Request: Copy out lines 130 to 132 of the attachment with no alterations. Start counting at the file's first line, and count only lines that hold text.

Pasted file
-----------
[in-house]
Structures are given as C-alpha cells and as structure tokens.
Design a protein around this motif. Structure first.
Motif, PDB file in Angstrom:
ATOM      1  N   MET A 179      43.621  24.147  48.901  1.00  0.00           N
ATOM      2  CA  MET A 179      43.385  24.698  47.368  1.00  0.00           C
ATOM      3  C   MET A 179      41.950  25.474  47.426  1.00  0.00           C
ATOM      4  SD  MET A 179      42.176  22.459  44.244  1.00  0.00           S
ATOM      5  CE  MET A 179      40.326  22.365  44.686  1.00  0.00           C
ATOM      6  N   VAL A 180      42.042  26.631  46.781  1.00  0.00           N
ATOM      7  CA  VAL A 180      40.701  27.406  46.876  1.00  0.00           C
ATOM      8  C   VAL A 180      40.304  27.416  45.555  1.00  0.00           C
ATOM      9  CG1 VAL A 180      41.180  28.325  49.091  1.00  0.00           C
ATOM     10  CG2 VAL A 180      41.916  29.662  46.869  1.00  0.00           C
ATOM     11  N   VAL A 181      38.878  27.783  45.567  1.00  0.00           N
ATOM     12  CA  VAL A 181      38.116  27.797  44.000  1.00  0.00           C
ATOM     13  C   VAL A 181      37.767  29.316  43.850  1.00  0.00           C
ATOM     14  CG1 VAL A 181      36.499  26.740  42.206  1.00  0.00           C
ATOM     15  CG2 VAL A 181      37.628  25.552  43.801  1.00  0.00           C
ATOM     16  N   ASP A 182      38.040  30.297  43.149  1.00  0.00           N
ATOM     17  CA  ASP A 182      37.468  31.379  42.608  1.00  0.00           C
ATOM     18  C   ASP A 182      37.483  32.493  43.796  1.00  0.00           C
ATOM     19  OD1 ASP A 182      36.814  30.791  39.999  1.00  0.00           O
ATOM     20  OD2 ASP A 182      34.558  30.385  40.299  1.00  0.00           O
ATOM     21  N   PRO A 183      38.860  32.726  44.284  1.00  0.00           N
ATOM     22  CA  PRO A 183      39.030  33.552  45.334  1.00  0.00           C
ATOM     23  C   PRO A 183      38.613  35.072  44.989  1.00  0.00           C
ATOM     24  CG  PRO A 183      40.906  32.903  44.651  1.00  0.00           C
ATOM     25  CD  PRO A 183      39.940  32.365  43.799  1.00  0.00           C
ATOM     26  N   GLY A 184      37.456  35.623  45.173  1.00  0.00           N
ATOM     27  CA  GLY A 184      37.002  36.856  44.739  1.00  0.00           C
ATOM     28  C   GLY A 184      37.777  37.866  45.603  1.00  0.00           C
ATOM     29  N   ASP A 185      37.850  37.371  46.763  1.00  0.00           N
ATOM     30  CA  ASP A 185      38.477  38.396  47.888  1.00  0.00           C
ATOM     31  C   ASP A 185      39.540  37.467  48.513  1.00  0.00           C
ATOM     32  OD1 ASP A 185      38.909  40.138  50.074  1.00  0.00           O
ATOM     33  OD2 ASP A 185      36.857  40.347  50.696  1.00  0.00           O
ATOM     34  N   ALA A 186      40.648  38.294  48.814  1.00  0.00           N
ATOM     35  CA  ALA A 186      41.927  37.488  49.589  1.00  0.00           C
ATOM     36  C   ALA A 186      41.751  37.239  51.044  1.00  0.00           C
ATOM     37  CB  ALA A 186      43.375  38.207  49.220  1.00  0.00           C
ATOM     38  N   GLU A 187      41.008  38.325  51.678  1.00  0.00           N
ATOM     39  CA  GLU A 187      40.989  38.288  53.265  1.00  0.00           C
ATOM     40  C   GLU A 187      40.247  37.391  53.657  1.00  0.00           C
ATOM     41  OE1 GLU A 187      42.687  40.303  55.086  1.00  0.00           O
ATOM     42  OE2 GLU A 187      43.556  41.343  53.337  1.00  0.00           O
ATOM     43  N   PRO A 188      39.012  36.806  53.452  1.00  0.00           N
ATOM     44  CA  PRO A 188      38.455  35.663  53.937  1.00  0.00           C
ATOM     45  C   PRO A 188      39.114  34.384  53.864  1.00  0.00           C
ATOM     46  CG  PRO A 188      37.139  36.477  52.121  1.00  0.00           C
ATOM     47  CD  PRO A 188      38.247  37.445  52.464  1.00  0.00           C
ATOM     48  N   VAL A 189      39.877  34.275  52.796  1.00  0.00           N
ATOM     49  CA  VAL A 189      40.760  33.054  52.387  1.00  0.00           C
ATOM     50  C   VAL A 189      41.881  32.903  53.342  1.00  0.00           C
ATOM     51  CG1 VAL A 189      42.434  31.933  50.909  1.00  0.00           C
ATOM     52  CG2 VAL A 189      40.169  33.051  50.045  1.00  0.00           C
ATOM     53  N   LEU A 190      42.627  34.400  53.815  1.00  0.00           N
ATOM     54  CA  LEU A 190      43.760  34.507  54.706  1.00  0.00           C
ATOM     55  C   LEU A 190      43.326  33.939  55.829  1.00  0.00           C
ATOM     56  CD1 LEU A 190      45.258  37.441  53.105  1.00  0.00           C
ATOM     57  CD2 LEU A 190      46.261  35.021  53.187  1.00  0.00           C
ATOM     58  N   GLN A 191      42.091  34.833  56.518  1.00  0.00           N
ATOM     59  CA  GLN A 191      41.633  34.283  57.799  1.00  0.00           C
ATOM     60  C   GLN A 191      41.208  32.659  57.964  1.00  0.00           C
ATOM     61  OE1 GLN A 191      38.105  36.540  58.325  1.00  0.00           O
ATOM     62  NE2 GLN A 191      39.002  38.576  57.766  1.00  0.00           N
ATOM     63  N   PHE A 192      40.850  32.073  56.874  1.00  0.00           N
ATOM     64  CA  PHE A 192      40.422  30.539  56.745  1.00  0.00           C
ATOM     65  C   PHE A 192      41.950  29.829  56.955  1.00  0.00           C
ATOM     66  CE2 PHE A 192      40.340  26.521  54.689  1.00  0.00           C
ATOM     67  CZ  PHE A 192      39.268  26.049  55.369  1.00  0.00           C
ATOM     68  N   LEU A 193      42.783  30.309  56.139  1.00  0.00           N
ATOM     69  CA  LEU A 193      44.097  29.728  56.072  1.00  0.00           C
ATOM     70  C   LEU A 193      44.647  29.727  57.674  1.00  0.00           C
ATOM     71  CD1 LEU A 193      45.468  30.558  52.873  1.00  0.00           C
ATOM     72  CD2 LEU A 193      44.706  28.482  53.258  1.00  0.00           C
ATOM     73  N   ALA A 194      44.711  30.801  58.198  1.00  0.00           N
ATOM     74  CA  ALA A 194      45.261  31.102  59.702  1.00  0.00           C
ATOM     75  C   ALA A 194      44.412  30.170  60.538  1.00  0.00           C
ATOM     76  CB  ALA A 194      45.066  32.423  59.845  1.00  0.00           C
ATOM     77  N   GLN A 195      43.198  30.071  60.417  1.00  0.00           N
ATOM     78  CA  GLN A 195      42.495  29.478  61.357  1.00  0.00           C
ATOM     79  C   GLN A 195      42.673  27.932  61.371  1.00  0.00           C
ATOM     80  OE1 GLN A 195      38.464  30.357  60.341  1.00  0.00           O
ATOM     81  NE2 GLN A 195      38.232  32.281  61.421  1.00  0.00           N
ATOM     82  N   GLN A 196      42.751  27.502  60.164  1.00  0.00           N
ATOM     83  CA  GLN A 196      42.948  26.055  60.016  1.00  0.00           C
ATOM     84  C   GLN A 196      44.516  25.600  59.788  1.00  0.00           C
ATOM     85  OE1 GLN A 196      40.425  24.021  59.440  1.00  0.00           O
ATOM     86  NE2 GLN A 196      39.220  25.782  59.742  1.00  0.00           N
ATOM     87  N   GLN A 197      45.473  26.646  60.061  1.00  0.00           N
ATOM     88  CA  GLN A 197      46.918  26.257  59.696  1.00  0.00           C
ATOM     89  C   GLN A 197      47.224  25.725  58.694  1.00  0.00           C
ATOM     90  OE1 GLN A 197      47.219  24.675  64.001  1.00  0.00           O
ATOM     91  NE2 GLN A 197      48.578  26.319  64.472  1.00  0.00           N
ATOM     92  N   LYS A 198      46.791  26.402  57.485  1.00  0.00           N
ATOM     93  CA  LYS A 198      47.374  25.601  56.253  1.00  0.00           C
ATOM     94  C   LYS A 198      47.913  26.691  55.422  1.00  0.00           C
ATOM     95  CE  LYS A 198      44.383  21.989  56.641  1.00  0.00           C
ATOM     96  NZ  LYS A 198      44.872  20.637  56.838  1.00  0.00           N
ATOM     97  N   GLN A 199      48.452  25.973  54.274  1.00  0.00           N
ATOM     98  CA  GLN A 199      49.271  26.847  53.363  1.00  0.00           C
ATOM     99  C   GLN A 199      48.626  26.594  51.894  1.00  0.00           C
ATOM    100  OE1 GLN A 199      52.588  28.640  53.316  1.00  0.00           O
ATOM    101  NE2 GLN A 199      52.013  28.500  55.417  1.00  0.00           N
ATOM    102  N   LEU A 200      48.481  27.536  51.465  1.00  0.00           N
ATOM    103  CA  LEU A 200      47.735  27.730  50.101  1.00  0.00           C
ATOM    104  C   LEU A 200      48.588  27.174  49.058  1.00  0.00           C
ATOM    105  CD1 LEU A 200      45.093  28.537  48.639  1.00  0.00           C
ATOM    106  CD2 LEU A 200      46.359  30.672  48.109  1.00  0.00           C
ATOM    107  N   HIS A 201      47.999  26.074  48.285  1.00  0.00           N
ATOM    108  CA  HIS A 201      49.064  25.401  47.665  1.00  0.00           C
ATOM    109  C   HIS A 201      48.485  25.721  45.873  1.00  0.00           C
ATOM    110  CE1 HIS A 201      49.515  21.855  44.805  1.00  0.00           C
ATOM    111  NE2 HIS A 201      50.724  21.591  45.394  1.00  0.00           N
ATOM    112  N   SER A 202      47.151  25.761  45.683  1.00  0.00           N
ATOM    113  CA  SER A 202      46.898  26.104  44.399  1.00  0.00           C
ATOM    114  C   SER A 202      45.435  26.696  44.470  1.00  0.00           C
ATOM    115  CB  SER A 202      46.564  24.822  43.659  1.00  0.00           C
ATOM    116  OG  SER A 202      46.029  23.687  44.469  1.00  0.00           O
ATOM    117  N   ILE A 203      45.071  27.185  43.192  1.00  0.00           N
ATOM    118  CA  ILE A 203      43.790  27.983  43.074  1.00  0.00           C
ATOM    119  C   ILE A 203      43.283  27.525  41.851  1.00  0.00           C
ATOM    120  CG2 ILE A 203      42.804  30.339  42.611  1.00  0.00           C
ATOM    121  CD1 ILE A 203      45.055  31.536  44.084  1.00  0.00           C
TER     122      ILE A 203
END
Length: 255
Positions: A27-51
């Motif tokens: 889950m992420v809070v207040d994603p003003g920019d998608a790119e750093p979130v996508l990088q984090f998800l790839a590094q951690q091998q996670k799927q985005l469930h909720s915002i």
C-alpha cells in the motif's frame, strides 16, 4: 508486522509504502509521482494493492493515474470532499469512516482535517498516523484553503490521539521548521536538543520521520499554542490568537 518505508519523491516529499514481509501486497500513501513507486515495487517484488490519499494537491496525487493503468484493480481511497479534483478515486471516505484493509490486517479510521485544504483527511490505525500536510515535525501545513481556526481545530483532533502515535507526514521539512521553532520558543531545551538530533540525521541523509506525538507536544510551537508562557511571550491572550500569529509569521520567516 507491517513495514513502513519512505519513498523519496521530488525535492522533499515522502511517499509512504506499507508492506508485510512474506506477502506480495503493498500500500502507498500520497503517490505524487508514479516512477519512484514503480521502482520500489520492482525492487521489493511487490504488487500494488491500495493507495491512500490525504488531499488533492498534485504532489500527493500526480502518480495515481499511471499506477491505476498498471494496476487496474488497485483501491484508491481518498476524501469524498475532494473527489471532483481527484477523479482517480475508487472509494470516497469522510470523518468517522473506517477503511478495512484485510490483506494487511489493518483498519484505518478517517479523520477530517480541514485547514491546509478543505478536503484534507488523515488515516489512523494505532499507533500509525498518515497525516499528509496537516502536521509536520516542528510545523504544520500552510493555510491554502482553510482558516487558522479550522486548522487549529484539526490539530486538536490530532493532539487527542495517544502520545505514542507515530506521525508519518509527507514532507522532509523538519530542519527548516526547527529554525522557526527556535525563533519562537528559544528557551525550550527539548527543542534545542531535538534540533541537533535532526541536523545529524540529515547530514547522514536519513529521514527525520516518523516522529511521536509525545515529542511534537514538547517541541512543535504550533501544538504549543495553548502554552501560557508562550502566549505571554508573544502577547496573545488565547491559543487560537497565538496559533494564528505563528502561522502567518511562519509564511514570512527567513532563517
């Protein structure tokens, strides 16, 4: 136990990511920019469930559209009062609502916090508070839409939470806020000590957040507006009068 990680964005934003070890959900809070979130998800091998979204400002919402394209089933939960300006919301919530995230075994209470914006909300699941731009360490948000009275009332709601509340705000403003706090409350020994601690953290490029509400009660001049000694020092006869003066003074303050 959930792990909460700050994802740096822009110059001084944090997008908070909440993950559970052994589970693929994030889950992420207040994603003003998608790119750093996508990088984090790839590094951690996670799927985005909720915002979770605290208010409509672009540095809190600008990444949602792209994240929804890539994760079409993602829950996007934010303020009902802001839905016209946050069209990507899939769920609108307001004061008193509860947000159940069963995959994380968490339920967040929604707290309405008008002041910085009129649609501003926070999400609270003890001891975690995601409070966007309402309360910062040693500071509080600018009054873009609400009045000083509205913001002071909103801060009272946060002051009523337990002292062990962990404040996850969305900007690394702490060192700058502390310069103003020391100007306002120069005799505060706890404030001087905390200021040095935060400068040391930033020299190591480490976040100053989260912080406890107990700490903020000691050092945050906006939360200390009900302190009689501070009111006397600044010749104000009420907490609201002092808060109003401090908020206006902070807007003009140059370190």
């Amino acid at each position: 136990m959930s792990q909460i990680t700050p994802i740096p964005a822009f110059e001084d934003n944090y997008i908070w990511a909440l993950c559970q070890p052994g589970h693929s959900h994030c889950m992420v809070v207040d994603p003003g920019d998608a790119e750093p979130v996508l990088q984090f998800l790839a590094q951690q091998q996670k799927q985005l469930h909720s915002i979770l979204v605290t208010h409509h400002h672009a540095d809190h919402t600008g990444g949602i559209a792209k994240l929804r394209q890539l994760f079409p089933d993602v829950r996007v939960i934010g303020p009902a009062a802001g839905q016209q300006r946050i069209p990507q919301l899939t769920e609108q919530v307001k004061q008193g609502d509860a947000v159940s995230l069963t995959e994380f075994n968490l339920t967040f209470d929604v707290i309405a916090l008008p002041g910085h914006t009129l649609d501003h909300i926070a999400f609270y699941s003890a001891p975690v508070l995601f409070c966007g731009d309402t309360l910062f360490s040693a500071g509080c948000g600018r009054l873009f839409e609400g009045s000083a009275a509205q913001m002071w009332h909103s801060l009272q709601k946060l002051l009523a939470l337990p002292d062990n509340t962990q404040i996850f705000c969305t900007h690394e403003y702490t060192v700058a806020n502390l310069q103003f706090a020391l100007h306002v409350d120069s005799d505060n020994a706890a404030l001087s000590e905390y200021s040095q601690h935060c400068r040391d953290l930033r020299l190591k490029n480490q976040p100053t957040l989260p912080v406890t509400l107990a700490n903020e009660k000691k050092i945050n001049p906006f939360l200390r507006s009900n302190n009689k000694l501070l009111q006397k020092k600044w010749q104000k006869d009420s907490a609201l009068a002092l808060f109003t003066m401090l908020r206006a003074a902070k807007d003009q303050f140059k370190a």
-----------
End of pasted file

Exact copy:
């Motif tokens: 889950m992420v809070v207040d994603p003003g920019d998608a790119e750093p979130v996508l990088q984090f998800l790839a590094q951690q091998q996670k799927q985005l469930h909720s915002i």
C-alpha cells in the motif's frame, strides 16, 4: 508486522509504502509521482494493492493515474470532499469512516482535517498516523484553503490521539521548521536538543520521520499554542490568537 518505508519523491516529499514481509501486497500513501513507486515495487517484488490519499494537491496525487493503468484493480481511497479534483478515486471516505484493509490486517479510521485544504483527511490505525500536510515535525501545513481556526481545530483532533502515535507526514521539512521553532520558543531545551538530533540525521541523509506525538507536544510551537508562557511571550491572550500569529509569521520567516 507491517513495514513502513519512505519513498523519496521530488525535492522533499515522502511517499509512504506499507508492506508485510512474506506477502506480495503493498500500500502507498500520497503517490505524487508514479516512477519512484514503480521502482520500489520492482525492487521489493511487490504488487500494488491500495493507495491512500490525504488531499488533492498534485504532489500527493500526480502518480495515481499511471499506477491505476498498471494496476487496474488497485483501491484508491481518498476524501469524498475532494473527489471532483481527484477523479482517480475508487472509494470516497469522510470523518468517522473506517477503511478495512484485510490483506494487511489493518483498519484505518478517517479523520477530517480541514485547514491546509478543505478536503484534507488523515488515516489512523494505532499507533500509525498518515497525516499528509496537516502536521509536520516542528510545523504544520500552510493555510491554502482553510482558516487558522479550522486548522487549529484539526490539530486538536490530532493532539487527542495517544502520545505514542507515530506521525508519518509527507514532507522532509523538519530542519527548516526547527529554525522557526527556535525563533519562537528559544528557551525550550527539548527543542534545542531535538534540533541537533535532526541536523545529524540529515547530514547522514536519513529521514527525520516518523516522529511521536509525545515529542511534537514538547517541541512543535504550533501544538504549543495553548502554552501560557508562550502566549505571554508573544502577547496573545488565547491559543487560537497565538496559533494564528505563528502561522502567518511562519509564511514570512527567513532563517
């Protein structure tokens, strides 16, 4: 136990990511920019469930559209009062609502916090508070839409939470806020000590957040507006009068 990680964005934003070890959900809070979130998800091998979204400002919402394209089933939960300006919301919530995230075994209470914006909300699941731009360490948000009275009332709601509340705000403003706090409350020994601690953290490029509400009660001049000694020092006869003066003074303050 959930792990909460700050994802740096822009110059001084944090997008908070909440993950559970052994589970693929994030889950992420207040994603003003998608790119750093996508990088984090790839590094951690996670799927985005909720915002979770605290208010409509672009540095809190600008990444949602792209994240929804890539994760079409993602829950996007934010303020009902802001839905016209946050069209990507899939769920609108307001004061008193509860947000159940069963995959994380968490339920967040929604707290309405008008002041910085009129649609501003926070999400609270003890001891975690995601409070966007309402309360910062040693500071509080600018009054873009609400009045000083509205913001002071909103801060009272946060002051009523337990002292062990962990404040996850969305900007690394702490060192700058502390310069103003020391100007306002120069005799505060706890404030001087905390200021040095935060400068040391930033020299190591480490976040100053989260912080406890107990700490903020000691050092945050906006939360200390009900302190009689501070009111006397600044010749104000009420907490609201002092808060109003401090908020206006902070807007003009140059370190």